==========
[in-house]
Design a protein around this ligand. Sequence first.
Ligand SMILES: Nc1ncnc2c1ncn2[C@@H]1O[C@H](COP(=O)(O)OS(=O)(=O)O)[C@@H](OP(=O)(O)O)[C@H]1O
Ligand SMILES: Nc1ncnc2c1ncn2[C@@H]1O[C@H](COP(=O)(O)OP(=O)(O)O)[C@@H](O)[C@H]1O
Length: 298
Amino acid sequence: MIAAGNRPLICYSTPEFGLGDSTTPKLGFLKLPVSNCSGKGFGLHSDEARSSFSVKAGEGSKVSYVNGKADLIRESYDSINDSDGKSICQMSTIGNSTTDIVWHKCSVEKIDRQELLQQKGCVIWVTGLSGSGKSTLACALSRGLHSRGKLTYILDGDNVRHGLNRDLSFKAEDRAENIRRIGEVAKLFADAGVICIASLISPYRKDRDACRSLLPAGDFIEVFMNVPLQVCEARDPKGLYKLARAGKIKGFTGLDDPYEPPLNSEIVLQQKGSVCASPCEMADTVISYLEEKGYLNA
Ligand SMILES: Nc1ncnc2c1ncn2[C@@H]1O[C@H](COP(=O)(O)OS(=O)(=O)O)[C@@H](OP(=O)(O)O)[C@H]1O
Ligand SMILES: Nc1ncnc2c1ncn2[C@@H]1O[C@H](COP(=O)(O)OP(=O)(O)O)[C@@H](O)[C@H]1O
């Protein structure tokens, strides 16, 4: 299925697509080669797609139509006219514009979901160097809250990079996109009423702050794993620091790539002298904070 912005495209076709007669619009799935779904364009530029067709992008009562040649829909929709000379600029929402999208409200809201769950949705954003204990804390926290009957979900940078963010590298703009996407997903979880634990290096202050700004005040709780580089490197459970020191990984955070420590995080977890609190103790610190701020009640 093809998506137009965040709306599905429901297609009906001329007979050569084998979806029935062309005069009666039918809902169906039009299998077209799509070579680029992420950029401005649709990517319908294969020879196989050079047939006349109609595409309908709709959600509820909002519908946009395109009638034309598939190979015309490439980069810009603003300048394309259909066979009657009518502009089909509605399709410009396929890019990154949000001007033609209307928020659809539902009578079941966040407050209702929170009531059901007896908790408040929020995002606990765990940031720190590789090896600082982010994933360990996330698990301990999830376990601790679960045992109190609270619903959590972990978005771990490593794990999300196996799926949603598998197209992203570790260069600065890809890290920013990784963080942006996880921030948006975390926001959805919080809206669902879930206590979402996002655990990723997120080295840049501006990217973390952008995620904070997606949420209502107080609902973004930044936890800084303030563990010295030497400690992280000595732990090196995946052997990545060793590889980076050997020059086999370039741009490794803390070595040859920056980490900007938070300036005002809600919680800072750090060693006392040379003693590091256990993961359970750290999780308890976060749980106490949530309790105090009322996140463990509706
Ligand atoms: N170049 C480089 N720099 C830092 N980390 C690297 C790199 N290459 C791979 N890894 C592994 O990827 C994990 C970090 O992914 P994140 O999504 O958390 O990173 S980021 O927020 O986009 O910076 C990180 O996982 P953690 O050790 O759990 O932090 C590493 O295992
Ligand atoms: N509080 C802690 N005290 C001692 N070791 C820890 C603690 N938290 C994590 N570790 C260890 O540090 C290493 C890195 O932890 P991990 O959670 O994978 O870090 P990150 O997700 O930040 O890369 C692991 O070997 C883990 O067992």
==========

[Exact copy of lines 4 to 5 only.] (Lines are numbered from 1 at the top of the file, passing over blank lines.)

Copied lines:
Ligand SMILES: Nc1ncnc2c1ncn2[C@@H]1O[C@H](COP(=O)(O)OP(=O)(O)O)[C@@H](O)[C@H]1O
Length: 298